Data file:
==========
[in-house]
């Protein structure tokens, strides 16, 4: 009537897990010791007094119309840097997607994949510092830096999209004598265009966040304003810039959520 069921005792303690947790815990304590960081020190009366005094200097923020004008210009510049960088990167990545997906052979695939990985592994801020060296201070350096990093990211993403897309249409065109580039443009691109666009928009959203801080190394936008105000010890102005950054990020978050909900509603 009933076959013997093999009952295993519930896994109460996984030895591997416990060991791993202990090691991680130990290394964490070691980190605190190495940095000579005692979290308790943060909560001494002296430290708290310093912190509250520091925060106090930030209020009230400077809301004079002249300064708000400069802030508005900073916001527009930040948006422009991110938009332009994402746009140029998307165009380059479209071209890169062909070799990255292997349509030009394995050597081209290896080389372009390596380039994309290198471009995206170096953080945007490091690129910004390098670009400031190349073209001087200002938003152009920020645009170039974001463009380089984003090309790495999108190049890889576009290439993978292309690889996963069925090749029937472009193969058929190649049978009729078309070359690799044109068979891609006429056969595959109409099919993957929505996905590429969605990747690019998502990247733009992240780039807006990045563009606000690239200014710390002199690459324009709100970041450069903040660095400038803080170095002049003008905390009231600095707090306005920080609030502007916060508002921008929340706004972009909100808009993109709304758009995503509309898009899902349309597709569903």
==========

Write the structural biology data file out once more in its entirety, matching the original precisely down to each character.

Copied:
[in-house]
């Protein structure tokens, strides 16, 4: 009537897990010791007094119309840097997607994949510092830096999209004598265009966040304003810039959520 069921005792303690947790815990304590960081020190009366005094200097923020004008210009510049960088990167990545997906052979695939990985592994801020060296201070350096990093990211993403897309249409065109580039443009691109666009928009959203801080190394936008105000010890102005950054990020978050909900509603 009933076959013997093999009952295993519930896994109460996984030895591997416990060991791993202990090691991680130990290394964490070691980190605190190495940095000579005692979290308790943060909560001494002296430290708290310093912190509250520091925060106090930030209020009230400077809301004079002249300064708000400069802030508005900073916001527009930040948006422009991110938009332009994402746009140029998307165009380059479209071209890169062909070799990255292997349509030009394995050597081209290896080389372009390596380039994309290198471009995206170096953080945007490091690129910004390098670009400031190349073209001087200002938003152009920020645009170039974001463009380089984003090309790495999108190049890889576009290439993978292309690889996963069925090749029937472009193969058929190649049978009729078309070359690799044109068979891609006429056969595959109409099919993957929505996905590429969605990747690019998502990247733009992240780039807006990045563009606000690239200014710390002199690459324009709100970041450069903040660095400038803080170095002049003008905390009231600095707090306005920080609030502007916060508002921008929340706004972009909100808009993109709304758009995503509309898009899902349309597709569903």